Minneapolis Mayor Betsy Hodges responds to a song by the Minneapolis Gay Men's Chorus during her inauguration party at the historic Thorp Building in Northeast Minneapolis, Saturday, January 11, 2014.
Ben Brewer, Special to the Star Tribune
Big names helped bankroll Minneapolis mayor's inaugural ball
- Article by: Eric Roper
- Star Tribune
- June 9, 2014 - 8:35 AM
Unions, law firms, development interests and sports teams supplied most of the funding for Minneapolis Mayor Betsy Hodges’ inaugural party in January.
The donations were posted online by the Internal Revenue Service in May, despite promises from the campaign that the list of donors would be released following the event. A poster containing the logos of top donors was posted at the event, however.
A shorter list of donors, who contributed in 2013, was posted in March. A campaign representative said that part of the delay could be attributed to the time spent actually collecting donations from organizations who had made commitments.
Between the two donor lists, about $151,000 was raised for the “One Minneapolis Inaugural” in northeast Minneapolis, which cost nothing to attend and featured food from local restaurants, live music from artist Chastity Brown and other performances.
The top donor was Target Corp., which gave $10,000.
Seventeen donors contributed $5,000. They included the Minnesota Vikings, the Minnesota Twins, the Minnesota Timberwolves, Xcel Energy, Opus Group (a developer), AEG Management, Doran Construction Co., Mortenson Construction and Meet Minneapolis.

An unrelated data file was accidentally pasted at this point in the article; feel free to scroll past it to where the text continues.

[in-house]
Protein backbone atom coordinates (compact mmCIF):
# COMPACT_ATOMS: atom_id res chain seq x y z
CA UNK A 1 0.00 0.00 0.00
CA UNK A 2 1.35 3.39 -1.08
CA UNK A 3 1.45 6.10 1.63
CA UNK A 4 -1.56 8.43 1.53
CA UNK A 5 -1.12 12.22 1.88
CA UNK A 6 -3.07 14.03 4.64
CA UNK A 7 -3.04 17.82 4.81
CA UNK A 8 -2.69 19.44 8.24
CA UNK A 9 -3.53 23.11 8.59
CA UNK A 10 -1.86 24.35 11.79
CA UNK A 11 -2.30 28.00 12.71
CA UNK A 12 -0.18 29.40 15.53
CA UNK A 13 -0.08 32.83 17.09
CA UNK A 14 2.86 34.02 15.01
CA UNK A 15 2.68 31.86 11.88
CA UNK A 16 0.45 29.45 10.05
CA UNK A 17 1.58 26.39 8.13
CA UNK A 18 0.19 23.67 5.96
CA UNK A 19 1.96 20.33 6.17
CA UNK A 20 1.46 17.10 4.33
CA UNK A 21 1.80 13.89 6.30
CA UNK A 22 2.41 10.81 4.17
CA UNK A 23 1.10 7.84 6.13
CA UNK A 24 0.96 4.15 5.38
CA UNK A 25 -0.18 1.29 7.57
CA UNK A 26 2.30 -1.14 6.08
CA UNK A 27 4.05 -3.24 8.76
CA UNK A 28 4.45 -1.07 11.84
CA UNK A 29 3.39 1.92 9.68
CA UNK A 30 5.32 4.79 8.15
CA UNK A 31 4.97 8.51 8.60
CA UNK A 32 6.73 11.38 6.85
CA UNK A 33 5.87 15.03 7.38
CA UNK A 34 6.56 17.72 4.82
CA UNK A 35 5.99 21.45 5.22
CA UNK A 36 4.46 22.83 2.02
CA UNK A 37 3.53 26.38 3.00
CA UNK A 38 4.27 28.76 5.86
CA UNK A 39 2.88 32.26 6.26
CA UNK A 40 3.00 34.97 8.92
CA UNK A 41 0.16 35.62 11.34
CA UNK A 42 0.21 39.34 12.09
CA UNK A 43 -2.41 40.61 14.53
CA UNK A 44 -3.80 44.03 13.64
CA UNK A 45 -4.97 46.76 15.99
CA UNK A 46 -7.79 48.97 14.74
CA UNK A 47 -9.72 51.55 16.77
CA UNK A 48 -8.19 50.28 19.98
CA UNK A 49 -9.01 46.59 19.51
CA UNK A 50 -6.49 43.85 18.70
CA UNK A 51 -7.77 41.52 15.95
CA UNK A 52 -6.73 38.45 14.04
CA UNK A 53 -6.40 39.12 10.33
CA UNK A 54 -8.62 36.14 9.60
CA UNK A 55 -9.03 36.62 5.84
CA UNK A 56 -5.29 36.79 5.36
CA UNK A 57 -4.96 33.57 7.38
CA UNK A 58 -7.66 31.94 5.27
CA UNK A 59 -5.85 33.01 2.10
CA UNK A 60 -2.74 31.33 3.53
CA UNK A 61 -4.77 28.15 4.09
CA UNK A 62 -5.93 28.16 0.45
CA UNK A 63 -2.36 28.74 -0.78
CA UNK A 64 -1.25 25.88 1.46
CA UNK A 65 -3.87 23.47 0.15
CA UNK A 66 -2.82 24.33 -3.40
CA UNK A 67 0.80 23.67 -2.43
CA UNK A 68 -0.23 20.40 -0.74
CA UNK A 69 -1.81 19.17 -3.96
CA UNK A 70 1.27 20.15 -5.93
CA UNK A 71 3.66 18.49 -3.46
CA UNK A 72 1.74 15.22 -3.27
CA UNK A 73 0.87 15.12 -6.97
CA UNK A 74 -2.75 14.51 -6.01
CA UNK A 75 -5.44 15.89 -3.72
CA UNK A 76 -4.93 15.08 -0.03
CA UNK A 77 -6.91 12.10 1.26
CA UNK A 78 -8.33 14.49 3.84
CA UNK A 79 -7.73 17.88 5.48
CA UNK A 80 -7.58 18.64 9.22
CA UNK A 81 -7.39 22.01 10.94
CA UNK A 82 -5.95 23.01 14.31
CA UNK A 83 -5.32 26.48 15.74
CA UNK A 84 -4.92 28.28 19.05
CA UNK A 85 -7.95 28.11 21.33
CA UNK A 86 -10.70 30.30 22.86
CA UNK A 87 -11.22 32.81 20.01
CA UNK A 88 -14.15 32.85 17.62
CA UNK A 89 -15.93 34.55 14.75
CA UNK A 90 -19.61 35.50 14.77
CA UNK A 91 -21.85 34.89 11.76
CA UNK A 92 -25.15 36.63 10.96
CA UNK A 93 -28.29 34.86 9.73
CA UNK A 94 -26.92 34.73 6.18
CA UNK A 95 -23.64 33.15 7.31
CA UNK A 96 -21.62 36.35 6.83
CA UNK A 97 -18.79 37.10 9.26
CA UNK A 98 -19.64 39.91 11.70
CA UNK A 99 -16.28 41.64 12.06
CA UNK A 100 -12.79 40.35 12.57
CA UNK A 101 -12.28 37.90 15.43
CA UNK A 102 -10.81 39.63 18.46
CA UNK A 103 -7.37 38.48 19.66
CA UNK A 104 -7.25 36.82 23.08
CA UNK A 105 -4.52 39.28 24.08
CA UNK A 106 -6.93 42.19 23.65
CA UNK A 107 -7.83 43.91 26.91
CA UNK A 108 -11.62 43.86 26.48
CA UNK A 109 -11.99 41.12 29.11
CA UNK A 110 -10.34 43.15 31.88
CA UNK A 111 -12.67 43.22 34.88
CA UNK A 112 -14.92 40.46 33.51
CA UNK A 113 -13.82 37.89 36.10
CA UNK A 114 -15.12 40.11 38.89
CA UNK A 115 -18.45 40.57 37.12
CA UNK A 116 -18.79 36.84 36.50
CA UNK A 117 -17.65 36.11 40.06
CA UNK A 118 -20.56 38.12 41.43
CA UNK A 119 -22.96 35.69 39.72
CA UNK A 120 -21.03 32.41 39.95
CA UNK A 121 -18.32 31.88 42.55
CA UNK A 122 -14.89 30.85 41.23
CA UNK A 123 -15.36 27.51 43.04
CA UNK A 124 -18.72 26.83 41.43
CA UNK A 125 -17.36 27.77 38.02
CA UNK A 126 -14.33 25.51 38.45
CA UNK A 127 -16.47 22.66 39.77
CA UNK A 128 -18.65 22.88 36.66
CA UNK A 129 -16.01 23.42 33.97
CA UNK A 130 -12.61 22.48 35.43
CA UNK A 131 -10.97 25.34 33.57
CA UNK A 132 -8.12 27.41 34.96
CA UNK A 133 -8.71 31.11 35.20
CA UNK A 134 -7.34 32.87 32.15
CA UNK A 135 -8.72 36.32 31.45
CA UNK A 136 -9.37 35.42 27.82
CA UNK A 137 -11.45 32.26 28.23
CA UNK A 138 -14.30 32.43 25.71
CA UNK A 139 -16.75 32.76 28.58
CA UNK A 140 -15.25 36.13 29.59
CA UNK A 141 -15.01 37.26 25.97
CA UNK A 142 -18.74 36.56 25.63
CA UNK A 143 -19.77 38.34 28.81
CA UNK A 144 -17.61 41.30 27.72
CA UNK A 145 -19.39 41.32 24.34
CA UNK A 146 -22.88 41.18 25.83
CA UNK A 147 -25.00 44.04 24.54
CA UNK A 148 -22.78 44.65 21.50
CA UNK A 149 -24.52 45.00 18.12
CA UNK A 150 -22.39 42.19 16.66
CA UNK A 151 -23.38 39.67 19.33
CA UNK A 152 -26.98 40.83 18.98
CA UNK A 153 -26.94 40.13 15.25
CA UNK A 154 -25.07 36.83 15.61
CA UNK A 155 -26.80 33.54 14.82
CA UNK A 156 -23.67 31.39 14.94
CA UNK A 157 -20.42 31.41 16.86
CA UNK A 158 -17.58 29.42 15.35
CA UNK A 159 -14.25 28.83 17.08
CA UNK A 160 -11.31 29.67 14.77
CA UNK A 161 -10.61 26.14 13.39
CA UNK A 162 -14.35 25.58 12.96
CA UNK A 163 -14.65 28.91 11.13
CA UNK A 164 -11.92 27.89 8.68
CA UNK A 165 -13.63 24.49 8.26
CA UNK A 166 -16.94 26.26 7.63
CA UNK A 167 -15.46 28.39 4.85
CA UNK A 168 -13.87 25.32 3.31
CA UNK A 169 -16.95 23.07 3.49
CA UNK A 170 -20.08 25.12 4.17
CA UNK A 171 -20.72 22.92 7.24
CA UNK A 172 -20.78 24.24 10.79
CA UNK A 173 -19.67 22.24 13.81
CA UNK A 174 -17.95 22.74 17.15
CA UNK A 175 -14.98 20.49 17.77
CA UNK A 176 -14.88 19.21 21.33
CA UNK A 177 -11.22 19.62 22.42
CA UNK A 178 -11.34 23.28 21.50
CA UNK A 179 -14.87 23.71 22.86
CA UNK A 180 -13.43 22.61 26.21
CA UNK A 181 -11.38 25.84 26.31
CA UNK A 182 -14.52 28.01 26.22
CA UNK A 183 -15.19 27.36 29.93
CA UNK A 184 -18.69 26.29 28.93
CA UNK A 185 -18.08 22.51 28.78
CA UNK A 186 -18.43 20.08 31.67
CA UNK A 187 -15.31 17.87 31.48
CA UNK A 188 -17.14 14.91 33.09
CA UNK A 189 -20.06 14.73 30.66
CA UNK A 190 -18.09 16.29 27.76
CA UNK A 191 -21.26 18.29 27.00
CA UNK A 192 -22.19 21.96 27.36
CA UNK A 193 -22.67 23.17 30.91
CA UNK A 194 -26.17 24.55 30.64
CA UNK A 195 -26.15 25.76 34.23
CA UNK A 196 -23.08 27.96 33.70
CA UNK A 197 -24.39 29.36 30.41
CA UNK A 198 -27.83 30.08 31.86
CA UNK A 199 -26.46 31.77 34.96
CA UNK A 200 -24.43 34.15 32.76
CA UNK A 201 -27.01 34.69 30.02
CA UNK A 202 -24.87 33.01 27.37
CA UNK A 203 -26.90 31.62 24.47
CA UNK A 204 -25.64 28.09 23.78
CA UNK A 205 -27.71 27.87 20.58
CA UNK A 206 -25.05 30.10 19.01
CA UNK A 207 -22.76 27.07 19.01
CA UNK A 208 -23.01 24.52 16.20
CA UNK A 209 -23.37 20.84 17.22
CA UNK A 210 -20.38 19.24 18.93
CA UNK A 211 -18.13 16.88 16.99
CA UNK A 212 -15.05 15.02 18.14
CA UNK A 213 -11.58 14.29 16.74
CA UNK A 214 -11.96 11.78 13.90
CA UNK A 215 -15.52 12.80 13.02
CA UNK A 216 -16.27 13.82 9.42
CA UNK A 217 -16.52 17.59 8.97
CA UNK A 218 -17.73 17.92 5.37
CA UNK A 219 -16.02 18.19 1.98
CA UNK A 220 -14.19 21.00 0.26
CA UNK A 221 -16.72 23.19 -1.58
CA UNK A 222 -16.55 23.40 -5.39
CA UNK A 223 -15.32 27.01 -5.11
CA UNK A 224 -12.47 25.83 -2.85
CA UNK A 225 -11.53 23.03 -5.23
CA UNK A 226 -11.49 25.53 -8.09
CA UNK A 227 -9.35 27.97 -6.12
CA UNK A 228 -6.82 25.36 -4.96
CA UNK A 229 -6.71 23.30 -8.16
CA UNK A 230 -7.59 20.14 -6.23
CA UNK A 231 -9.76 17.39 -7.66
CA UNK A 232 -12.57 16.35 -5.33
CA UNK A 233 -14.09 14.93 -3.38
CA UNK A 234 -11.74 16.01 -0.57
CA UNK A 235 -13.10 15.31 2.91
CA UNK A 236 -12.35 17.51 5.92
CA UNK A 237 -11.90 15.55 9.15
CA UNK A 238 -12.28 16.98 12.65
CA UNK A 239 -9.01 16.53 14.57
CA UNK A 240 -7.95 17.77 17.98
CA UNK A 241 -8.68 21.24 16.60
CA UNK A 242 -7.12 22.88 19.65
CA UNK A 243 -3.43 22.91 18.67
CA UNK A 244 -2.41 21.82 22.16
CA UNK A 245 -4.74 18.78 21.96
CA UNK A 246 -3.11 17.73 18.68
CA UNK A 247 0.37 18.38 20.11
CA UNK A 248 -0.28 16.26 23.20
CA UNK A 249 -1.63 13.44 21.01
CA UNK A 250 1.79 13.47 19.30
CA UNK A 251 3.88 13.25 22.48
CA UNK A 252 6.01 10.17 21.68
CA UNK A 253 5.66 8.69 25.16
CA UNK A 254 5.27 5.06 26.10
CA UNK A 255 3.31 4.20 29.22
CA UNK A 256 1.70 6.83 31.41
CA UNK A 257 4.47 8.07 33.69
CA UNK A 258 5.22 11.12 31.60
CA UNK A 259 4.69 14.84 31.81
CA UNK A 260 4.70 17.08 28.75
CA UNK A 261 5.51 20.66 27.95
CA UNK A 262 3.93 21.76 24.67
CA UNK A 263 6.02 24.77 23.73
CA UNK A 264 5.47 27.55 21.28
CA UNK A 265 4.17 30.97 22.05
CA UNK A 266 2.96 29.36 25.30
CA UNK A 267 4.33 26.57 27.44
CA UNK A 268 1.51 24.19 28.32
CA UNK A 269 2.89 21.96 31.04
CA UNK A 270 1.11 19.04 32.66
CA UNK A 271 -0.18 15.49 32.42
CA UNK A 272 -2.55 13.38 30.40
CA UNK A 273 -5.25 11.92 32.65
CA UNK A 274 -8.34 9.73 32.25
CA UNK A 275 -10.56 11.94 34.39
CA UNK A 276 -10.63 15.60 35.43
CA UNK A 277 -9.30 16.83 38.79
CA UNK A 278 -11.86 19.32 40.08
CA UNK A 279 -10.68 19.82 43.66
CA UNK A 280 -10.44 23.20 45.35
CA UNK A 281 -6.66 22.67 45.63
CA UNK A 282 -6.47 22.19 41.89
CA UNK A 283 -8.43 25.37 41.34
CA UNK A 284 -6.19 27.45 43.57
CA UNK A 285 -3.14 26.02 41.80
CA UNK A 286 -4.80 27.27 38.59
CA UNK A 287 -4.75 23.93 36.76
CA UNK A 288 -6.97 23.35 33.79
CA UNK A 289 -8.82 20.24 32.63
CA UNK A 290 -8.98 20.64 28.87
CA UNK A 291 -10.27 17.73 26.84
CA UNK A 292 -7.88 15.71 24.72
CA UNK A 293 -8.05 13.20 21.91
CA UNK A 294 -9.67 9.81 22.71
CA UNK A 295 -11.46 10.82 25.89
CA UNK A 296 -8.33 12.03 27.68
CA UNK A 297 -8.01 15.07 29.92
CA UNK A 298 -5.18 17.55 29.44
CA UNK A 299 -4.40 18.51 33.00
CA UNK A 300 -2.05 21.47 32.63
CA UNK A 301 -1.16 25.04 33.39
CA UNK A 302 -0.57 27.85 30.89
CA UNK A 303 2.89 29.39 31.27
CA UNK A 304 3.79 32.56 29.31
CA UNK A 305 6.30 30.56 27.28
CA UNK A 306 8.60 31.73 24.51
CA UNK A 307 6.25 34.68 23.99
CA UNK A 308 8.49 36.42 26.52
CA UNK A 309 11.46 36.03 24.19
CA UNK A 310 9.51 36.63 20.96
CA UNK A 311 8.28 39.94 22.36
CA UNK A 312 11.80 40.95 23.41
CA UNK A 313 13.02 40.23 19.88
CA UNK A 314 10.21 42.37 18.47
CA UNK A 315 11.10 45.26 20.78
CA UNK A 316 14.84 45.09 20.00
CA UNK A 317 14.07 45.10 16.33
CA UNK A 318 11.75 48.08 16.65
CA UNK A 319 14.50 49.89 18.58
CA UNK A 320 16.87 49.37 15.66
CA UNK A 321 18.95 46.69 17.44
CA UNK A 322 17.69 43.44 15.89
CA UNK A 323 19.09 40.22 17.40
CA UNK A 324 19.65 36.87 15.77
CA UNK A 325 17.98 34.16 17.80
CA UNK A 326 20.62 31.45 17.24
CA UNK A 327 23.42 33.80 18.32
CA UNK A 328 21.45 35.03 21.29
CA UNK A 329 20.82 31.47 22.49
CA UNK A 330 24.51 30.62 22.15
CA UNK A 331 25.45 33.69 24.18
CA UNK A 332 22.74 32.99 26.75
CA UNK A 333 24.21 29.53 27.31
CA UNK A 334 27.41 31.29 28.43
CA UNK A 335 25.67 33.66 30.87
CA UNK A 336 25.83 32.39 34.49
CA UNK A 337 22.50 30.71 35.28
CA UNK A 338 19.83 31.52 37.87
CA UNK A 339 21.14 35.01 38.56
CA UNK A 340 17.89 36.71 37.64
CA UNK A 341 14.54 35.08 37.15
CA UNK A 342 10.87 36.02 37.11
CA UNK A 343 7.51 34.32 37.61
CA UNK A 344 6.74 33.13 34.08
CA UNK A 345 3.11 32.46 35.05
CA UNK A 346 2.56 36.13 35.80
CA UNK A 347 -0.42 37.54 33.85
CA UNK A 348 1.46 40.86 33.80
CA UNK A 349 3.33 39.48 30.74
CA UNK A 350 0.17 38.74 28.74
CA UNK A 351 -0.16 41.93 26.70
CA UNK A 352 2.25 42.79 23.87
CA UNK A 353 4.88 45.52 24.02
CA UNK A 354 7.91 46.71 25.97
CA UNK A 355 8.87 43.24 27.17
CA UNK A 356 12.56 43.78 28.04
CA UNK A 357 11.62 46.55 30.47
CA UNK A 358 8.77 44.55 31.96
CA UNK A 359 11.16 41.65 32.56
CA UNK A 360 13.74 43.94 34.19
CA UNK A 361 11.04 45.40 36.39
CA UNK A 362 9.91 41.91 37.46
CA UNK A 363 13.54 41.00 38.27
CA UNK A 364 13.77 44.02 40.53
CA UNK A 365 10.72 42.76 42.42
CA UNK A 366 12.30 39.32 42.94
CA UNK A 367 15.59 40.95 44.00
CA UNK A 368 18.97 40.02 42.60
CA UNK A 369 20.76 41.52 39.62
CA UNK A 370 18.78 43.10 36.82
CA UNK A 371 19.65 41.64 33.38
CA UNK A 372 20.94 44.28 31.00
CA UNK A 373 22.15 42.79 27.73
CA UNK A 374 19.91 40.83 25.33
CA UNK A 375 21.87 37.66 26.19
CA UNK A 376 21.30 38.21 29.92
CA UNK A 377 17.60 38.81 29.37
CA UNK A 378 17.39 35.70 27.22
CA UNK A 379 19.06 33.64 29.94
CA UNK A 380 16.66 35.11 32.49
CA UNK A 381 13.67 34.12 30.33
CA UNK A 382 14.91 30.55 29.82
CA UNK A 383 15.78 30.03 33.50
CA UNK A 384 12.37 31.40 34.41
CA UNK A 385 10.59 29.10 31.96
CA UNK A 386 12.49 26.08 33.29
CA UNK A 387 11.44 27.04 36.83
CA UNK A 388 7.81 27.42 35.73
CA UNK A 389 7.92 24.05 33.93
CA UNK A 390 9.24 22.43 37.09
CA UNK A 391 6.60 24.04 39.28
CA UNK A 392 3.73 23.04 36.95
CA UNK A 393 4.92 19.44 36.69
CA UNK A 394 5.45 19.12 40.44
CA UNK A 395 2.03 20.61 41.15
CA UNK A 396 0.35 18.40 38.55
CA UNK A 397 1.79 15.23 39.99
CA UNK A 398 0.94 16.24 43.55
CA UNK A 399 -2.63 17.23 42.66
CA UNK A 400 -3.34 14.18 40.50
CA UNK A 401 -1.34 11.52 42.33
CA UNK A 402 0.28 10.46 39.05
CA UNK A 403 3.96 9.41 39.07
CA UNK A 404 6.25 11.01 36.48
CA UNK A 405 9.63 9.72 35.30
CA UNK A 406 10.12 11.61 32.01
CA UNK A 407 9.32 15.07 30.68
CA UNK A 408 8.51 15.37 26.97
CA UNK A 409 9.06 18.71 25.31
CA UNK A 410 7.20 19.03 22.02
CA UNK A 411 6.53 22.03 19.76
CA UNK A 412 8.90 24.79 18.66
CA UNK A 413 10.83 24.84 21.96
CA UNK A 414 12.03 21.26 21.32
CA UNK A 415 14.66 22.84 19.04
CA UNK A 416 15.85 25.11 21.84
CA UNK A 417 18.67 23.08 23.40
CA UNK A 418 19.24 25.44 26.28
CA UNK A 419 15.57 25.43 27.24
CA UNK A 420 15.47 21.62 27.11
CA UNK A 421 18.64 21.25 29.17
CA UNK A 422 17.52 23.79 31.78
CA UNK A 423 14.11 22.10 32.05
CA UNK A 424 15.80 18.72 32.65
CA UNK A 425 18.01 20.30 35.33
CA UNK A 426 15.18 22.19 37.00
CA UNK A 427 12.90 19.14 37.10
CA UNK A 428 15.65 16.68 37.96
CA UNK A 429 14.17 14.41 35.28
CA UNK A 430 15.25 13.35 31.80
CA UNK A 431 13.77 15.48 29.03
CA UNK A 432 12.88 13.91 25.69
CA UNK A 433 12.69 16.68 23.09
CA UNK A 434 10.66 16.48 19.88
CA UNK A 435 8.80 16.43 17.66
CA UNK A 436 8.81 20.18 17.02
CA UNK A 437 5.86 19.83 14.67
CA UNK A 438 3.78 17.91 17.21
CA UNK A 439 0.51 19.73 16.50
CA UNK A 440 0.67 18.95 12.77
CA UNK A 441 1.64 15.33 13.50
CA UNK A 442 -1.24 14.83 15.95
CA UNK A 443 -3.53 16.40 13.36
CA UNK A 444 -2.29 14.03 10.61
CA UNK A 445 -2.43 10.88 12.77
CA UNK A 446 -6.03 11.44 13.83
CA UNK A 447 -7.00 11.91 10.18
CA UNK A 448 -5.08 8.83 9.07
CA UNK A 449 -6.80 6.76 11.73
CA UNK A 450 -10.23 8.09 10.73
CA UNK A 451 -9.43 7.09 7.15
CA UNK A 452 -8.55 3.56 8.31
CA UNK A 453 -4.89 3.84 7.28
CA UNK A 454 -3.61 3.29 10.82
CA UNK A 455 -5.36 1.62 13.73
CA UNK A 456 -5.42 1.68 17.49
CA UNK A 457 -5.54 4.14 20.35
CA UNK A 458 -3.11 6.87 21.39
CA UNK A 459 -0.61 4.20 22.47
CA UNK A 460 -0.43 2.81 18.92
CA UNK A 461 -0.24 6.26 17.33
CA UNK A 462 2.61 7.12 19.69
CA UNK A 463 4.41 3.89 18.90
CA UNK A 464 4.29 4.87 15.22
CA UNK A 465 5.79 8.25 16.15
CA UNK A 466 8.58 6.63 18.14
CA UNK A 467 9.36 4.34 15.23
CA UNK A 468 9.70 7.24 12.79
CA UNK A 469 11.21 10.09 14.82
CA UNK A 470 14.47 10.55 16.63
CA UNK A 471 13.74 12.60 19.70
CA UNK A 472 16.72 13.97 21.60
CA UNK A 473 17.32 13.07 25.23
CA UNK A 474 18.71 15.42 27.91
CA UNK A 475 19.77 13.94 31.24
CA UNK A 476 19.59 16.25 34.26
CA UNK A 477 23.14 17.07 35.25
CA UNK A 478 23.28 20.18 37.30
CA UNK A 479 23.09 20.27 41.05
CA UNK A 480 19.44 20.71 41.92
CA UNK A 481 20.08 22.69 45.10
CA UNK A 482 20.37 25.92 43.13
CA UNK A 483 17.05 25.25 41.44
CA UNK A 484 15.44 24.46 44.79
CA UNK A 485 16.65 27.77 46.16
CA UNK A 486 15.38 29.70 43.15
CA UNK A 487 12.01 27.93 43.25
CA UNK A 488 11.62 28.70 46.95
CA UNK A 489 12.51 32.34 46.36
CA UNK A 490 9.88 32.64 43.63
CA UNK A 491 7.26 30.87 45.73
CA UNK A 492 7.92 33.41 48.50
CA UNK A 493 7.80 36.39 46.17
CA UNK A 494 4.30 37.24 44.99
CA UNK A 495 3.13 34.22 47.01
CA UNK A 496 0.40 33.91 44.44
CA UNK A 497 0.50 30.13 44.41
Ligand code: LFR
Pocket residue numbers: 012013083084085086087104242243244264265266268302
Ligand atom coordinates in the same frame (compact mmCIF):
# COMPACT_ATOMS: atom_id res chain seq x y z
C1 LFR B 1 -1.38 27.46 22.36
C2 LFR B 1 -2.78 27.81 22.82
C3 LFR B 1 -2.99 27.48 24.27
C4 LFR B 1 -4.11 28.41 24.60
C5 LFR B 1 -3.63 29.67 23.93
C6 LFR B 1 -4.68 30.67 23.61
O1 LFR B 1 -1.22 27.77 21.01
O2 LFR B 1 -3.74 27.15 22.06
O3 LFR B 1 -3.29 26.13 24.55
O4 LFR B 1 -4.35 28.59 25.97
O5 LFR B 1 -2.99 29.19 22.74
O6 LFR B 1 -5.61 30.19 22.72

Several major donors have business before the city. Among the most unusual of those is a $2,500 donation from California-based Lyft Inc., a transportation service that is seeking to be regulated differently from taxis.
Xcel Energy is negotiating a new franchise agreement that expires at the end of this year. AEG and the Timberwolves are working with the city on a joint project to overhaul the city-owned Target Center.
Doran sought unsuccessfully in January the right to demolish a building to erect a six-story hotel in Dinkytown. Medica, which gave $2,500, insures the city’s health care plan. Mortenson sought unsuccessfully this winter to win air rights to develop above a new stadium-area parking ramp downtown. Several of the contributing law firms do legal and lobbying work for the city.
Unions included AFSCME, SEIU, carpenters, electrical workers, pipe fitters, building and constructions trades, engineers, sheet metal workers and the Minneapolis Regional Labor Federation.
Other notable names among the donor list of about 50 people and organizations included Eric and Andrew Dayton, sons of the governor, who each gave $1,000.
As for expenses, about $30,000 went to Minneapolis-based audio production company Slamhammer Audio. Another $13,000 was given to Medina-based StageCall Inc., which does not appear to have a functioning website. Another $4,000 was paid to Ultimate Events for event production. Event planner Pablo Jones made $7,500.
The building cost $16,000 to rent. Catering cost approximately $17,600.
Hodges broke with her predecessors by not charging guests to attend her first-term inaugural bash, held at the Thorp Building in northeast Minneapolis.
In 2002, Rybak charged $125 a plate for dinner or $25 for dessert and coffee. In 1994, new Mayor Sharon Sayles Belton charged $25 for a dinner and dance at the Minneapolis Hilton.
Eric Roper • 612-673-1732
© 2017 Star Tribune